In 2019, Love Doesn’t Hurt obtained a 501-C3 to become a stand-alone agency.  In 2021 Phillis took the plunge, quit her job, cashed in her retirement account and invested in educating herself about managing non-profits. She now works for Love Doesn’t Hurt, determined to dismantle hate and reduce violence while providing unwavering support and create a safe haven for victims in the LGBTQ community.

Over the years she has never wavered in her passion for this work. Energetic and enthusiastic, Phillis has led the Memphis Shelby County Domestic & Sexual Violence Council, chairs the Tennessee Coalition to End Domestic & Sexual Violence Inclusivity Committee, served as the LGBTQ+ representative for the Convening Council for the Memphis/Shelby County Homeless Consortium and is a leader in the DV task force led by the University of Memphis. 

Since that first event, reporting of DV in the LGBTQ community has increased by 256%. Phillis says this is not totally because of increased violence but because of increased awareness on the part of law enforcement and social services agencies and because victims now feel they can safely report crime and seek help. 

Today, March 3rd, 2024, would have been her mother’s 67th birthday. Today we honor Phillis Lewis, Gloria Fisher’s determined daughter.

Jennifer Murry-Rodley and Vanessa Rodley

Jennifer Murry-Rodley (left) and Vanessa Rodley (right)

for a woman who, facing active opposition,
backed an unpopular cause in which she deeply believed:

Jennifer Murry-Rodley and Vanessa Rodley

Who doesn’t love a parade? Vanessa Rodley and wife Jennifer Murry-Rodley certainly do! They watched from the sidewalk at their first Pride parade in Memphis. Then in 2010 they became volunteers. In 2023, with Vanessa as President of Memphis Pride and Jennifer as Vice-President, Pride events reached over 63,000 people, the largest attendance ever in the Mid-South.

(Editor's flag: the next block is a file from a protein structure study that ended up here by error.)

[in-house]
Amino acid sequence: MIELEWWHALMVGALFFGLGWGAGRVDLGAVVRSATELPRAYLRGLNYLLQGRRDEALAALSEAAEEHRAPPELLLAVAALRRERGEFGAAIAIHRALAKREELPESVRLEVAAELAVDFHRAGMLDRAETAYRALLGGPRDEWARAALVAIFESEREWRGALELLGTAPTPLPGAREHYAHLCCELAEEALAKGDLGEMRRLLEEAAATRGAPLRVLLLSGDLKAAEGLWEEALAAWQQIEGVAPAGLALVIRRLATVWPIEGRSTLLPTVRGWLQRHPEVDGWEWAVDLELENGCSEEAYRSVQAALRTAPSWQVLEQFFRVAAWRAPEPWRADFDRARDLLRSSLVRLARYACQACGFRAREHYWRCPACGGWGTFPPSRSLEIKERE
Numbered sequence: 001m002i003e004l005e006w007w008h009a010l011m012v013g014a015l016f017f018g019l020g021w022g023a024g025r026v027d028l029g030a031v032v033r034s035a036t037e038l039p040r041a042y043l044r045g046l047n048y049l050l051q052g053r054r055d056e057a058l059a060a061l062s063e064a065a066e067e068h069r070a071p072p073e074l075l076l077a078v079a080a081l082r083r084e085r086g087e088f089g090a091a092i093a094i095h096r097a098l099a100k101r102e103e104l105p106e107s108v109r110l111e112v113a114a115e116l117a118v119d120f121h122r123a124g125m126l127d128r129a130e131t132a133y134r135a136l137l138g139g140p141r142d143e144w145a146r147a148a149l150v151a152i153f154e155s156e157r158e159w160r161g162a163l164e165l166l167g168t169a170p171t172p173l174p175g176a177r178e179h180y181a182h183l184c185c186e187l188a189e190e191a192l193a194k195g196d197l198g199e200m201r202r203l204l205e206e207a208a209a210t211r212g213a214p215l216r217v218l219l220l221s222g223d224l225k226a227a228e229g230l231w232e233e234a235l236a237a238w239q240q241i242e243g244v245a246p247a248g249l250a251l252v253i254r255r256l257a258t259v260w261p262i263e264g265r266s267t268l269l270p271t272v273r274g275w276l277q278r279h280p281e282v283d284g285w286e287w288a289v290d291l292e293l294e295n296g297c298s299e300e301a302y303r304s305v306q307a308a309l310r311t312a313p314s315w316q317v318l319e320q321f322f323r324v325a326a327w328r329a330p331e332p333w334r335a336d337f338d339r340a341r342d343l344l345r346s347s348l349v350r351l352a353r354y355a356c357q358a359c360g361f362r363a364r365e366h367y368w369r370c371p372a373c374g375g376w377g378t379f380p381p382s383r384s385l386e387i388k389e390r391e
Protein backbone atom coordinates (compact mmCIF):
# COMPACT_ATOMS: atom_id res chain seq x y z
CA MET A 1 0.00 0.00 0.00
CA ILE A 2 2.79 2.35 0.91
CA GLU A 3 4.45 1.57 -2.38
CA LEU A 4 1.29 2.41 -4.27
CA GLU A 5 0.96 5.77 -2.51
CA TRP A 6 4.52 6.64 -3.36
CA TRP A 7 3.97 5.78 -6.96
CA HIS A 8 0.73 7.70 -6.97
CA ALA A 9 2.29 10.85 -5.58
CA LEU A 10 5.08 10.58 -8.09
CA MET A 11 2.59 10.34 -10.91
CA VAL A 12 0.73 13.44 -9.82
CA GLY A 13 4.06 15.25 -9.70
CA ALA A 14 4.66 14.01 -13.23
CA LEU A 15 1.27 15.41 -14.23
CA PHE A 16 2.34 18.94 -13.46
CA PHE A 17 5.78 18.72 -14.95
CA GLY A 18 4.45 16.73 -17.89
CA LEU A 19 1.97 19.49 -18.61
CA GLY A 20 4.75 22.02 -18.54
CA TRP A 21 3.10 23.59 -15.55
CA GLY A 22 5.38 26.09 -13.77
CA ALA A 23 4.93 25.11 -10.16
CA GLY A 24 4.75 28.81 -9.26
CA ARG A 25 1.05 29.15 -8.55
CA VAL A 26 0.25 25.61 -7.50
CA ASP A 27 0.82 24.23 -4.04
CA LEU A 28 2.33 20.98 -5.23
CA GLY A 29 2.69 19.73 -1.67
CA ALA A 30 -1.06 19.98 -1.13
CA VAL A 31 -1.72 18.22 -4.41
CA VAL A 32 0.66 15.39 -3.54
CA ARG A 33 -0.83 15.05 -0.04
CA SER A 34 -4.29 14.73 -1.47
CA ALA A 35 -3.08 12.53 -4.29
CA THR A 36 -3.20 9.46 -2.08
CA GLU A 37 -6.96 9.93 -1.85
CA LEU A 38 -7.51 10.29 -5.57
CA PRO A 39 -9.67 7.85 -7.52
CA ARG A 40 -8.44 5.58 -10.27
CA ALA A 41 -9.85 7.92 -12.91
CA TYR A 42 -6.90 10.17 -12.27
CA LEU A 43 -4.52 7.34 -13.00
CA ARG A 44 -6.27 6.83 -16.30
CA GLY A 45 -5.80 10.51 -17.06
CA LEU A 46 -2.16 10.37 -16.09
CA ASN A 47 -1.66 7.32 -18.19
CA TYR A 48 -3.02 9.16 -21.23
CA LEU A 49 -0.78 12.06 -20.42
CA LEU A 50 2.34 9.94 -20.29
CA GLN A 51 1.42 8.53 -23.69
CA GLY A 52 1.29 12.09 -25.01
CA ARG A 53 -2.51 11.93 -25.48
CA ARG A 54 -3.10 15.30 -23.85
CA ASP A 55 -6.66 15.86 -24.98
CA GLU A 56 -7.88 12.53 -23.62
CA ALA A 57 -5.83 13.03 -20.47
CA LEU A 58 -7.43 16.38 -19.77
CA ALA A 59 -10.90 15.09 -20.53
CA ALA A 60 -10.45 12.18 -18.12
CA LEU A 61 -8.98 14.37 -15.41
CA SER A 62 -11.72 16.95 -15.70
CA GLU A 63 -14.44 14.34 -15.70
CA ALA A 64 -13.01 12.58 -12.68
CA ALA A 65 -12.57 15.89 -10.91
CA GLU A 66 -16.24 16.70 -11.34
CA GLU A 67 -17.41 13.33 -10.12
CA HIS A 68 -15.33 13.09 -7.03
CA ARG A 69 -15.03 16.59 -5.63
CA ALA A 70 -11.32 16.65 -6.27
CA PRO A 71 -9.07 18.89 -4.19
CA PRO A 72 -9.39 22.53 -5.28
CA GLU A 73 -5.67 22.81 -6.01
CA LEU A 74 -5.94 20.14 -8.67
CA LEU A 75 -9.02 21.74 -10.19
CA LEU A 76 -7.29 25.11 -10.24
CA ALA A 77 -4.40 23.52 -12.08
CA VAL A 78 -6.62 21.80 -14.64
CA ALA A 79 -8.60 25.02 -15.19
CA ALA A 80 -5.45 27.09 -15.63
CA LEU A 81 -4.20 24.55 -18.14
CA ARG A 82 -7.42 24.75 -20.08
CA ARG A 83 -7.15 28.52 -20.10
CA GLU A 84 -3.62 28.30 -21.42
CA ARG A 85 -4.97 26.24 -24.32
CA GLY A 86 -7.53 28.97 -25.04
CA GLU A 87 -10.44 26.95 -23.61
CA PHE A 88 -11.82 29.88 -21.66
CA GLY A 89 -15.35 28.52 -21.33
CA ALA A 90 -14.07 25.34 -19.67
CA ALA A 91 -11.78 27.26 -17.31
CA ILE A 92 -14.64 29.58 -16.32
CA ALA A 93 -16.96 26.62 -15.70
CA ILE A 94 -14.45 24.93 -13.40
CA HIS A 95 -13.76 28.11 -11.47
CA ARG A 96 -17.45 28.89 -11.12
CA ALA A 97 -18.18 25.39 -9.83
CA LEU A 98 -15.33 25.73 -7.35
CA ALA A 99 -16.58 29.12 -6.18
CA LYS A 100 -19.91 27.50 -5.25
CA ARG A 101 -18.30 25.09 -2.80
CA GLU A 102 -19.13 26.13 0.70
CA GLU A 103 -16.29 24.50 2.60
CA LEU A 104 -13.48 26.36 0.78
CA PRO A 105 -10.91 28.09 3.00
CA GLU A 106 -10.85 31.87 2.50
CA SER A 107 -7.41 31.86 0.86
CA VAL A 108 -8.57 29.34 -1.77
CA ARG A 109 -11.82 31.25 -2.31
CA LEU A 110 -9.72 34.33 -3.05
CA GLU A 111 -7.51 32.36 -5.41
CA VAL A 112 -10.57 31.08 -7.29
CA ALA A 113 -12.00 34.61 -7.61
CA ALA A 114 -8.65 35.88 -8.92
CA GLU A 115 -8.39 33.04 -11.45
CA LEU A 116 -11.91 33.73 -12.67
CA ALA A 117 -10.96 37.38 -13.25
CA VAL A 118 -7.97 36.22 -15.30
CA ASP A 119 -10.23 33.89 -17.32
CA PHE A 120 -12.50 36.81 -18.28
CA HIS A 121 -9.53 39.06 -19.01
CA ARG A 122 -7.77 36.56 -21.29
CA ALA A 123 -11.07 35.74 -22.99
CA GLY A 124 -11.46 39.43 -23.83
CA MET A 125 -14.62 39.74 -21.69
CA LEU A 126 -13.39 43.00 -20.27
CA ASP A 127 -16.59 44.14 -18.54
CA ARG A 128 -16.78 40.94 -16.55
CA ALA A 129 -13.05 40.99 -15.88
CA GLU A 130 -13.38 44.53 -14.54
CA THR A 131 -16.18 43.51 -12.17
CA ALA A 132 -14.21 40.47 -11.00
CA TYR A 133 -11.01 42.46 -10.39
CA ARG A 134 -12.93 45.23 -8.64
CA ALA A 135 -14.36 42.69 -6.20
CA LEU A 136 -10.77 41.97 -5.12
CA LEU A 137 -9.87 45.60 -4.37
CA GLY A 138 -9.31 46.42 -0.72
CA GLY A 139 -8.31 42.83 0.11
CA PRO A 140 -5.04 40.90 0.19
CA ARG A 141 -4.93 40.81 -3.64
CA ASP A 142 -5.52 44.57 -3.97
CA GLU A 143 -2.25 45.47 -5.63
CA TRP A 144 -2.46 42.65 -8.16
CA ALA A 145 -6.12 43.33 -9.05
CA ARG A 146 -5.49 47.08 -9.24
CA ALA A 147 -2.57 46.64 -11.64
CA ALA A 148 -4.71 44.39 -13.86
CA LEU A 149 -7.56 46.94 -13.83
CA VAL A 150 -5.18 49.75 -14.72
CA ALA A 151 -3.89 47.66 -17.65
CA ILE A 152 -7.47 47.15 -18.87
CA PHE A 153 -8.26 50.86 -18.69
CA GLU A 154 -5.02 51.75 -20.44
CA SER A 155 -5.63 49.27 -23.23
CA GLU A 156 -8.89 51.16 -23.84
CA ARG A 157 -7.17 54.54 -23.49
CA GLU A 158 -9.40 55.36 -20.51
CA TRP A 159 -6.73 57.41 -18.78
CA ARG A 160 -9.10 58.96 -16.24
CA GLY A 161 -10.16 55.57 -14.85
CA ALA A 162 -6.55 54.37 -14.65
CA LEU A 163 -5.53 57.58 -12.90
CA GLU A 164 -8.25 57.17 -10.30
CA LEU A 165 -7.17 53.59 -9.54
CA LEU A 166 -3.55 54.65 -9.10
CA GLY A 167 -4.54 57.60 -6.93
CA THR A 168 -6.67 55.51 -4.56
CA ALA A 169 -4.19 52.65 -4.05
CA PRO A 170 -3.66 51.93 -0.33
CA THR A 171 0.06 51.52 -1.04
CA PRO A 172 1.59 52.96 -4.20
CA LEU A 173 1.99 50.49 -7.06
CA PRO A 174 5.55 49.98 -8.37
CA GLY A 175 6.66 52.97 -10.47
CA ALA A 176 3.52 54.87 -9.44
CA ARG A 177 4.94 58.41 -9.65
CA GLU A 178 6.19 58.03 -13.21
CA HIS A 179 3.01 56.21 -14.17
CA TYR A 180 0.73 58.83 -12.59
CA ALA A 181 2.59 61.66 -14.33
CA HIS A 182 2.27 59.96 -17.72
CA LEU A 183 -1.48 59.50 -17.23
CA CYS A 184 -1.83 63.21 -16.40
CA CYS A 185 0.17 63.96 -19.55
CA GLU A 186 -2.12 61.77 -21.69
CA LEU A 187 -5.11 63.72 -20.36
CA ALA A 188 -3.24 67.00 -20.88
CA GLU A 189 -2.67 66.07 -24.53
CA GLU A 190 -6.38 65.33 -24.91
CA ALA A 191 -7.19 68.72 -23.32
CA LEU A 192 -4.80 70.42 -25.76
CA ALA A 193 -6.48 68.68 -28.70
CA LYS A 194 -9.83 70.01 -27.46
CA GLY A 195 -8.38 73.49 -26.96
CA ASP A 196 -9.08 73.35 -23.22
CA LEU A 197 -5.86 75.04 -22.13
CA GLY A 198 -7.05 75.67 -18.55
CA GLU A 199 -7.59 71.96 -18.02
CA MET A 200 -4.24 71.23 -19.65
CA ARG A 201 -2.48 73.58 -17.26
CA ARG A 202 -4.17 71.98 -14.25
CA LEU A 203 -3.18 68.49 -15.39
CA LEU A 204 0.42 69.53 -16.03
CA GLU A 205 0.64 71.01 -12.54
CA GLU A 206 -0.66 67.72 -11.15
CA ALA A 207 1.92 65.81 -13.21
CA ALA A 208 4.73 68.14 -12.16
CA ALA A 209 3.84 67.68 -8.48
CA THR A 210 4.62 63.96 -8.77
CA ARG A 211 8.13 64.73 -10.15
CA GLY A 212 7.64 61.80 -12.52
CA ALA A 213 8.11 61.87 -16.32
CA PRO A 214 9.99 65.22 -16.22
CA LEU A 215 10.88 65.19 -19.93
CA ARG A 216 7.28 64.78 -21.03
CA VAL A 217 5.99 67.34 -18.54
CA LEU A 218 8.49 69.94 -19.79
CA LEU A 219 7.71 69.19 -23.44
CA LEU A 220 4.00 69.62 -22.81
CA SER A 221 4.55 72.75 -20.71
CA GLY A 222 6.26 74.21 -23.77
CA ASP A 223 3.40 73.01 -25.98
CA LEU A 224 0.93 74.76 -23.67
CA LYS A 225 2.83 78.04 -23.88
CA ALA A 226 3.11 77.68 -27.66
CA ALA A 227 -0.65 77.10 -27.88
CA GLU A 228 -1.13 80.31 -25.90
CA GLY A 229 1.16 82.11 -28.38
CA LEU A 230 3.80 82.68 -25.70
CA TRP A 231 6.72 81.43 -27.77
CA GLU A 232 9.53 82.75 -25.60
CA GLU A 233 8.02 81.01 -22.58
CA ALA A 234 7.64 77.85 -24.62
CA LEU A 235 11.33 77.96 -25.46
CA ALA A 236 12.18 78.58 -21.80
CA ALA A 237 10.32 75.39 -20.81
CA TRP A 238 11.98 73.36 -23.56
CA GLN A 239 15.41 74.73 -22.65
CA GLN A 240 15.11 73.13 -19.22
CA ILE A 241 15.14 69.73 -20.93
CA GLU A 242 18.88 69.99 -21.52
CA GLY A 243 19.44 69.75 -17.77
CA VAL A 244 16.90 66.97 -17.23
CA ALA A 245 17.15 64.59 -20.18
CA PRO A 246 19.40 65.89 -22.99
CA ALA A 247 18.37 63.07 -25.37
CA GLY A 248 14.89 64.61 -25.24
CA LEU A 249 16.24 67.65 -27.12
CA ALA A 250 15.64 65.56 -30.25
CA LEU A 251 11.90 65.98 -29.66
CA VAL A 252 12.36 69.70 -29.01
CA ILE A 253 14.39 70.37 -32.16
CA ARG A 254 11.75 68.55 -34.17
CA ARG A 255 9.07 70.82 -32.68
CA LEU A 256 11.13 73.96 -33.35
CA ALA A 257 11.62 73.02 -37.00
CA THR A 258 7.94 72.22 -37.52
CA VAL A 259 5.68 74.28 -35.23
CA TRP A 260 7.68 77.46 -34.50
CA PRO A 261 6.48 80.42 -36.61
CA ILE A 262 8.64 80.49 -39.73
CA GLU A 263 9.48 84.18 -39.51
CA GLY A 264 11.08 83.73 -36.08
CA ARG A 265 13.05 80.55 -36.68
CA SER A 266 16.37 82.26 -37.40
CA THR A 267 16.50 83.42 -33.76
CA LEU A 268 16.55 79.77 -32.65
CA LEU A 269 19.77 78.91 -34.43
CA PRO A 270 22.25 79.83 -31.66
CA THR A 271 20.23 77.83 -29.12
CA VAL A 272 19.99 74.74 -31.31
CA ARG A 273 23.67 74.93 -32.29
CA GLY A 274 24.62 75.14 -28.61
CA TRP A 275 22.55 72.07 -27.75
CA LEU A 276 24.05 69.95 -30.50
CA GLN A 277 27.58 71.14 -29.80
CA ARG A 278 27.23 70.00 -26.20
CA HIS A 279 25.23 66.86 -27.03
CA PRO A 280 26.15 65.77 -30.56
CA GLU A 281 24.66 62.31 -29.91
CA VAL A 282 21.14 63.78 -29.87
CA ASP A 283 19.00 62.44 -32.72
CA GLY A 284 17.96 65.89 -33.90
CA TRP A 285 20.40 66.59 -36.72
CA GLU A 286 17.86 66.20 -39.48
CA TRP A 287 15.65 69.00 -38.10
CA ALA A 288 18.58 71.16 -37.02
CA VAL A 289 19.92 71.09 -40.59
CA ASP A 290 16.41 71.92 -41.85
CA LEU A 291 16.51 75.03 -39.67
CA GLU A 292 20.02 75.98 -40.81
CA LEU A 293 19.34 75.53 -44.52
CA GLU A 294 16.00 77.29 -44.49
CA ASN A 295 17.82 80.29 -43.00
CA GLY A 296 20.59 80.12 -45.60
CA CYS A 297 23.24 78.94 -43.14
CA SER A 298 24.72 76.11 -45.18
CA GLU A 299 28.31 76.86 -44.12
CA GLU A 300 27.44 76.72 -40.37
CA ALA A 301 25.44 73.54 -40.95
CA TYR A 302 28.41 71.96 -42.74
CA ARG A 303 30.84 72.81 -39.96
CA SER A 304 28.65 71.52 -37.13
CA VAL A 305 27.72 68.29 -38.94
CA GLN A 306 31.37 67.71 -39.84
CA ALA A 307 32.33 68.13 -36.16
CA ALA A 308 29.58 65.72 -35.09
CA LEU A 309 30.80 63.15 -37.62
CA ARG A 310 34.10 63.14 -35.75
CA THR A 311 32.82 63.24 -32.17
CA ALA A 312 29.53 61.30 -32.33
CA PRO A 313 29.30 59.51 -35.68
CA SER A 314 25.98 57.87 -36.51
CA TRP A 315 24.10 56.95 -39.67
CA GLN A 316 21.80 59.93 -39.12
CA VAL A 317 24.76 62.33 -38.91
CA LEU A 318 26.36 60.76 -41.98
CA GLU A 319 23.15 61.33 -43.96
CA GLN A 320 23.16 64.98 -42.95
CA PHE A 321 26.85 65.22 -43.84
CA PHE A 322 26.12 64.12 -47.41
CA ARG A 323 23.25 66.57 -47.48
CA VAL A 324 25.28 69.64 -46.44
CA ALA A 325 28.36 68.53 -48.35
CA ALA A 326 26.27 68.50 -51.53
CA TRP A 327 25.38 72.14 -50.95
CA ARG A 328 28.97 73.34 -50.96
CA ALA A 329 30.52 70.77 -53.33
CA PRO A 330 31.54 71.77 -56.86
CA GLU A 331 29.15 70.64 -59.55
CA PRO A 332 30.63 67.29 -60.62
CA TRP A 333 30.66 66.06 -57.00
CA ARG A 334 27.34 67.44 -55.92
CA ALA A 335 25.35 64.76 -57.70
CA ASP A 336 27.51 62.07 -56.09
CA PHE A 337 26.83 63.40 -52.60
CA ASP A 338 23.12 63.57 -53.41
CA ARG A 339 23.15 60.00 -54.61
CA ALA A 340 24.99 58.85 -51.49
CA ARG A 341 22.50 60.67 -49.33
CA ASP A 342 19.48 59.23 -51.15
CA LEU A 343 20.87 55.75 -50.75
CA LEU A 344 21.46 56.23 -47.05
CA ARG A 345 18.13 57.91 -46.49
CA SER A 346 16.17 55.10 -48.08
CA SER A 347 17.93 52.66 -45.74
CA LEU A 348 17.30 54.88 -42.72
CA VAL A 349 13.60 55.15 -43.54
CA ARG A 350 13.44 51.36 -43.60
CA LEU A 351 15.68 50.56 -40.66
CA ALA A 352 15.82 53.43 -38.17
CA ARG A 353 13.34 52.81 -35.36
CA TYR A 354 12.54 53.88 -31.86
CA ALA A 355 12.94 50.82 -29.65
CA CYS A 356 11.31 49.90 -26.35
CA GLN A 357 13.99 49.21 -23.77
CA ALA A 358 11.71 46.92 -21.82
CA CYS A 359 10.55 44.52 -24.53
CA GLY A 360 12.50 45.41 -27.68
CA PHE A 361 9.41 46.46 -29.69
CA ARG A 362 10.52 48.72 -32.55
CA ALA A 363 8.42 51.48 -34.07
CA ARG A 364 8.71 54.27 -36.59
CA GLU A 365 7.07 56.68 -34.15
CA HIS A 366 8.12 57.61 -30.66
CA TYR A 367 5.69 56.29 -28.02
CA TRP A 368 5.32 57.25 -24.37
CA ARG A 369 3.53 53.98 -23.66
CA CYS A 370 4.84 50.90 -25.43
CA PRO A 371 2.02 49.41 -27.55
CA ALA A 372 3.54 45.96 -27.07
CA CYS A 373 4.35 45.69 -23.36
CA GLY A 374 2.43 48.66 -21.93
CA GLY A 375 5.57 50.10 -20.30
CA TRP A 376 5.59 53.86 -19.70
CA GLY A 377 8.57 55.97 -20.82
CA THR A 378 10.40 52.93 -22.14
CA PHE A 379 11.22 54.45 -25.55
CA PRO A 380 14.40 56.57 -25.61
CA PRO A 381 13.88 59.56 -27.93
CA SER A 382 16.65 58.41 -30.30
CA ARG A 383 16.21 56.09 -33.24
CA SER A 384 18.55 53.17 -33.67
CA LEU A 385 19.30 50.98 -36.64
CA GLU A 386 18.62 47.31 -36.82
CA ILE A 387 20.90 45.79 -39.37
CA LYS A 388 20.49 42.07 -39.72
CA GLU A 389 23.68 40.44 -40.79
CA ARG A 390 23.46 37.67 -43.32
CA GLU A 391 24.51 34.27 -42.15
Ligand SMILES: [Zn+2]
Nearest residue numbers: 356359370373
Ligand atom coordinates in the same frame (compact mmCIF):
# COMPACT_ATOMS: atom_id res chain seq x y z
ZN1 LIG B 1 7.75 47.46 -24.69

This year’s Women of Achievement Courage Award is not for putting on a parade but rather for taking part in an uphill struggle, to be fought on two fronts, against the well-organized forces of hate and intolerance.

Ask yourself this question: Does it require more courage to express who you are on a public street, knowing that in the crowd are those who threaten you and everyone like you? Or to be a witness, to stand up for your right to speak freely and openly? We say both take equal amounts of courage.

First, their story: Vanessa, California born and raised, met Jennifer, a native Memphian, in 2001 when Vanessa moved to Memphis with a friend. In early 2002, they became a committed couple, a date they still celebrate. They soon moved to Los Angeles to be near Vanessa’s family. In 2007 they returned to Memphis, where they now live in Cooper-Young, near Jennifer’s childhood home.

Did I mention they were married in 2014?

They have much in common. Both grew up in homes where advocacy was expected. Vanessa’s grandparents, especially her grandmother, raised funds and sat on community boards. In Cooper-Young, Jennifer’s two moms were active in the PTA and with Girl Scouts.

Jennifer and Vanessa became active in Friends of George’s, a theatre company named after the beloved Memphis drag bar. As Mid-South Pride volunteers, they raised money and good will by serving plates of food and jello shots at local bars such as Dru’s and the Pumping Station.